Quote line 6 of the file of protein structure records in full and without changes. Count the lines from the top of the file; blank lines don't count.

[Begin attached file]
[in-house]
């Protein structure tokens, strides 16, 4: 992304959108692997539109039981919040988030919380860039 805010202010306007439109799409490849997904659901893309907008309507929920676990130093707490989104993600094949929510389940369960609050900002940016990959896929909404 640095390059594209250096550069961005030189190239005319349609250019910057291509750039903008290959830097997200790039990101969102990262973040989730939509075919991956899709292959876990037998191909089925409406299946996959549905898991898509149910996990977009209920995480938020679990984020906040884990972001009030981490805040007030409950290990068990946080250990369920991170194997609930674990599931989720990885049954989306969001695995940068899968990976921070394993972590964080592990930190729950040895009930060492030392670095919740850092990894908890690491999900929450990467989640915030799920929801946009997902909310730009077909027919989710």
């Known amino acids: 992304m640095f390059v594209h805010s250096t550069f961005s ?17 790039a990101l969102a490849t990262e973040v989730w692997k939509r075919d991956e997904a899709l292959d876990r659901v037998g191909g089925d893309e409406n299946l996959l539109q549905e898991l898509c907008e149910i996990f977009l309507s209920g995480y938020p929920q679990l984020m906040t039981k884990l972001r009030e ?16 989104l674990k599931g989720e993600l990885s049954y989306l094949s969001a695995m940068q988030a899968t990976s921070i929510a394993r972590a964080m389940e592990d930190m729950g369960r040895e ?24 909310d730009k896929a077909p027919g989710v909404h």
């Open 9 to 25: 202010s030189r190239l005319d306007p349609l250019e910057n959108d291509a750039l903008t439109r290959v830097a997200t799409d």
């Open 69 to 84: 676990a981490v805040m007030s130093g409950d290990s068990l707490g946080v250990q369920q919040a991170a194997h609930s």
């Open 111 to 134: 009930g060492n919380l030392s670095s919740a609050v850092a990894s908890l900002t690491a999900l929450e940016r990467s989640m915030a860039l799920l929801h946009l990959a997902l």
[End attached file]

């Open 111 to 134: 009930g060492n919380l030392s670095s919740a609050v850092a990894s908890l900002t690491a999900l929450e940016r990467s989640m915030a860039l799920l929801h946009l990959a997902l």